Segway sales up
News outlets are saying that the electric two-wheeled self-balancing personal transporters are flying off the shelves, or whatever they put them on, in record numbers.
I have to admit this one surprised me. Over the past month or so, I've written about how Americans, in response to record gas prices, are now driving less, buying scooters, working four-day weeks, eschewing gas-guzzlers, driving slower, snapping up hybrids, and taking the train more.
While Segway Inc. declines to release its sales figures, the AP quotes two dealers who have seen banner months for the Segway, which retails for around $5,000. A spokeswoman for the company told the AP that dealers have seen an increase of 30 to 40 percent in "walk-in traffic," and the CEO predicts a sales growth rate of 40 to 50 percent for this year.
Who's buying them? A story in The Wall Street Journal points to university campus police, parking-enforcement officers, and pizza deliverymen.
But both stories also quote commuters who are ditching their cars so that they can Segway to work. The AP spoke with Columbus, Ohio's Paul Feeney, who Segways 1.4 miles to his job, and John O'Connor, who Segways 4 miles. In California, the Wall Street Journal quoted Yorba Linda's Scott Hervey, a custodian who commutes about 12 miles on his Segway to his job at Disneyland. "I like passing gas stations," he told the Journal.
Unless he charges his Segway at work, Mr. Hervey probably can't run too many errands on the way home; the thing has a maximum range of 25 miles.
And the speed tops out at 12.5 miles per hour. Given these limitations, it's hard to see the Segway as a viable replacement for the automobile. It looks more like a replacement for cycling and walking.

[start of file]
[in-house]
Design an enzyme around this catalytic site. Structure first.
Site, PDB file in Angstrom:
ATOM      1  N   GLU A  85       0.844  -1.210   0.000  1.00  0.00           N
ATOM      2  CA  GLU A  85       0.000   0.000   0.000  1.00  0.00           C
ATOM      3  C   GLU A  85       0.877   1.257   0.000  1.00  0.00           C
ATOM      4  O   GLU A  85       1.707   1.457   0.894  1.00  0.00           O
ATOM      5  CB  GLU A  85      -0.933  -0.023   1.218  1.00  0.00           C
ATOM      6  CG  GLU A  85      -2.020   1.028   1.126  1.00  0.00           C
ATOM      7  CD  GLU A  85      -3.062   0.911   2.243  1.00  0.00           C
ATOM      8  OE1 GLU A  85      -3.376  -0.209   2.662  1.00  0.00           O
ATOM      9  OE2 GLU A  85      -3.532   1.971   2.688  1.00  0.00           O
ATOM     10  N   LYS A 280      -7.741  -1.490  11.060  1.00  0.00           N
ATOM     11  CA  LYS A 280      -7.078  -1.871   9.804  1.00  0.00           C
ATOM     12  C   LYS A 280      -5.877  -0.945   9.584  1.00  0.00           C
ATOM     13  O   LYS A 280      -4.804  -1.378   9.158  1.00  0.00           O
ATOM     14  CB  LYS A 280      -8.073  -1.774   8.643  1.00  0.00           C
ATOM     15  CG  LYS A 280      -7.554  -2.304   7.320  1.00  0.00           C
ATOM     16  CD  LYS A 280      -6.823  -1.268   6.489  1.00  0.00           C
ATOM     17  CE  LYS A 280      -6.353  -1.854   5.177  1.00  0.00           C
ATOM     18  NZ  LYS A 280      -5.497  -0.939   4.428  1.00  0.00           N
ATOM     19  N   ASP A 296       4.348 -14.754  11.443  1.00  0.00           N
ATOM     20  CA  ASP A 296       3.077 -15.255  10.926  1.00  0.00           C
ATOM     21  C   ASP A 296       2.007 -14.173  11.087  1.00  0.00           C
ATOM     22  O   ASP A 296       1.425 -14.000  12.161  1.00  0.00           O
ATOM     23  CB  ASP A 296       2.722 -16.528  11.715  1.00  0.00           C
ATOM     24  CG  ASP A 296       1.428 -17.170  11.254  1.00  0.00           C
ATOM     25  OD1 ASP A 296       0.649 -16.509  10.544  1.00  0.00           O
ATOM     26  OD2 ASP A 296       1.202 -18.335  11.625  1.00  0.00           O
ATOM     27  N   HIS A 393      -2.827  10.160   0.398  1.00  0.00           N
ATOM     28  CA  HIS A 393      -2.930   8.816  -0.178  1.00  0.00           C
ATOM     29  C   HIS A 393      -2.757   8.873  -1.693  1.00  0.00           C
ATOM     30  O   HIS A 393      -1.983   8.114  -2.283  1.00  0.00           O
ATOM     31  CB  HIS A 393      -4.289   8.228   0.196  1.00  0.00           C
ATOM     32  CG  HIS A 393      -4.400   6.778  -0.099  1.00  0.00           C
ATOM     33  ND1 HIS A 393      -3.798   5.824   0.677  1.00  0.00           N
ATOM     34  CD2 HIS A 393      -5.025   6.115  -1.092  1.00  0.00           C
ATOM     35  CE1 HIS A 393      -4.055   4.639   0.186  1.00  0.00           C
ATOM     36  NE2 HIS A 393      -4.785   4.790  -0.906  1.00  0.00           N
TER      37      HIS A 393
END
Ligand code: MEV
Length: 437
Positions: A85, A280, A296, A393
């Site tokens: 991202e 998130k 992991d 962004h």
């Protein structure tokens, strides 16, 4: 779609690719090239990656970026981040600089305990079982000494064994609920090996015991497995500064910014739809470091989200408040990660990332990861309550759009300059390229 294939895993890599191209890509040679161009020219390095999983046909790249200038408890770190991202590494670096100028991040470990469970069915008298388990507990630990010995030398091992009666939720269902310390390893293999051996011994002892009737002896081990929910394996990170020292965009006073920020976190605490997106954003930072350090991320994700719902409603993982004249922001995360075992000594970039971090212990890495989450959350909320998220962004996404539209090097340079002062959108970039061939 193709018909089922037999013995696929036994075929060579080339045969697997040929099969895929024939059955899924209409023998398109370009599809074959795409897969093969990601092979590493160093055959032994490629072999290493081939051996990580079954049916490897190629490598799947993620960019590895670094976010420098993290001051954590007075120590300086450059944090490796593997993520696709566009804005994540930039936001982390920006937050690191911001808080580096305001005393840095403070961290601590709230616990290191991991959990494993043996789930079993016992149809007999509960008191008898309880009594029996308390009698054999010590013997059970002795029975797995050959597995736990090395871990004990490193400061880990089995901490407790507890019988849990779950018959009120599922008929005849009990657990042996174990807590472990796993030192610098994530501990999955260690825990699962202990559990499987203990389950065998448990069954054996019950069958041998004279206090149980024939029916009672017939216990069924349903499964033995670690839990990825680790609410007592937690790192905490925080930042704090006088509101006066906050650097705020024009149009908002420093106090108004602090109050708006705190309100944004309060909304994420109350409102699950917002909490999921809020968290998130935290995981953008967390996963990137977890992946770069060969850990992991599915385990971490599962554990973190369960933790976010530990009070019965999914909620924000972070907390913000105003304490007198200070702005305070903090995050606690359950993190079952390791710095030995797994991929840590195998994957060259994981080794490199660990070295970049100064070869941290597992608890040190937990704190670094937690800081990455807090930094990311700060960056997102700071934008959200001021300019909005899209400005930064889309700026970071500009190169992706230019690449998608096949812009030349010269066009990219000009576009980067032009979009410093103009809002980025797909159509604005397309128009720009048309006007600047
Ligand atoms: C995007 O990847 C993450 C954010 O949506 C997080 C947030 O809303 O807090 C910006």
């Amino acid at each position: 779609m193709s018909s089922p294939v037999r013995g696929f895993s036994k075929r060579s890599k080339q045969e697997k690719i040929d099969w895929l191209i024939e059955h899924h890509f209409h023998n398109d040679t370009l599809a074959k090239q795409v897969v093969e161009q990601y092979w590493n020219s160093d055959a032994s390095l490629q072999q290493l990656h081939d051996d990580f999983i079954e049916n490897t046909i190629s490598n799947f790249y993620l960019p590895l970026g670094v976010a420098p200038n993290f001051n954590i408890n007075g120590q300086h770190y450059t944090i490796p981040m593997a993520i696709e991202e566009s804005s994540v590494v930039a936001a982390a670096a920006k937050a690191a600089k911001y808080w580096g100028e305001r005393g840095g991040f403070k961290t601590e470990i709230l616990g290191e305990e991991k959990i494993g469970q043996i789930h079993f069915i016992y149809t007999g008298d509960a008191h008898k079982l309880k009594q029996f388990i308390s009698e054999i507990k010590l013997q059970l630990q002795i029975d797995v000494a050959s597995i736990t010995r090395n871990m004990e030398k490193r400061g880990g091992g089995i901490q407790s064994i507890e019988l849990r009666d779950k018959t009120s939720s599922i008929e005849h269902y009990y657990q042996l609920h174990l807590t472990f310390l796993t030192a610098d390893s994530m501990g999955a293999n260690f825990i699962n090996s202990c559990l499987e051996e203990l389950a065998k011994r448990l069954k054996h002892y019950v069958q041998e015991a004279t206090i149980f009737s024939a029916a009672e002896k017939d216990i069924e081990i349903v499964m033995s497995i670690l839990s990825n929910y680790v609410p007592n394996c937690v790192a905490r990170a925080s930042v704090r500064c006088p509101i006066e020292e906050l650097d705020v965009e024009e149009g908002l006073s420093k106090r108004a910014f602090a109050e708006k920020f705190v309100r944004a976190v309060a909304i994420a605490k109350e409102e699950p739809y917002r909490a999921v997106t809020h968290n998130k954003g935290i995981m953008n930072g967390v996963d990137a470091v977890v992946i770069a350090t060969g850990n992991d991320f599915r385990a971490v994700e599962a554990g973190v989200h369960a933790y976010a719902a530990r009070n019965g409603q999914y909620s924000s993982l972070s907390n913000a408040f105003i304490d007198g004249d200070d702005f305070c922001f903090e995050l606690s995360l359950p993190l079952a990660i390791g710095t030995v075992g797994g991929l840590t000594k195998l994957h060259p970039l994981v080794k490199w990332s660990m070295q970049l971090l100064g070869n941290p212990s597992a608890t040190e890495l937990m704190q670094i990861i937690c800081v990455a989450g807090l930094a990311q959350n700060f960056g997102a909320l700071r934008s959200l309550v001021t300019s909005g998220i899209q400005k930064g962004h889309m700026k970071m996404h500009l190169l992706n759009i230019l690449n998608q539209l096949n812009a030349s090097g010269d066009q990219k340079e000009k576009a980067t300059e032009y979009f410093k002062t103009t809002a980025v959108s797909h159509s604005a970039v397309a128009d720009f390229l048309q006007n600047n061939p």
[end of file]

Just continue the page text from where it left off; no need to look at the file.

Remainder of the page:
But right now, the Segway is probably not yet having a major impact either way. Victor Godinez, a blogger for The Dallas Morning News, estimates that about 40,000 Segways have been sold since it was first released in 2001. He compares that with the 18.2 million bicycles sold since 2000.
It's hard to disagree with him. With it's $5,000 price tag – $11,000 if you want a red one with a Ferrari logo – the Segway is little more than a toy for the rich.
Even for our Disneyland custodian who maxes out the range every day, the economics benefit isn't huge. Let's say that you live in California and commute 25 miles per day in your car, which for simplicity's sake we will say gets 25 miles per gallon. That means you're probably spending around $4.70 a day on gas for your commute. Now lets suppose that you stop driving your car and buy a $5,000 Segway. Even if you get free electricity, it will still take you almost three years for your Segway to pay for itself.
But who knows. Maybe gas prices will continue to rise, and maybe the Segway's price will fall, making it the transport of choice for the masses.
To the extent that it cuts fossil fuel consumption, I suppose that would be a good thing, as long as they keep the sidewalks are clear for those of us who prefer to walk.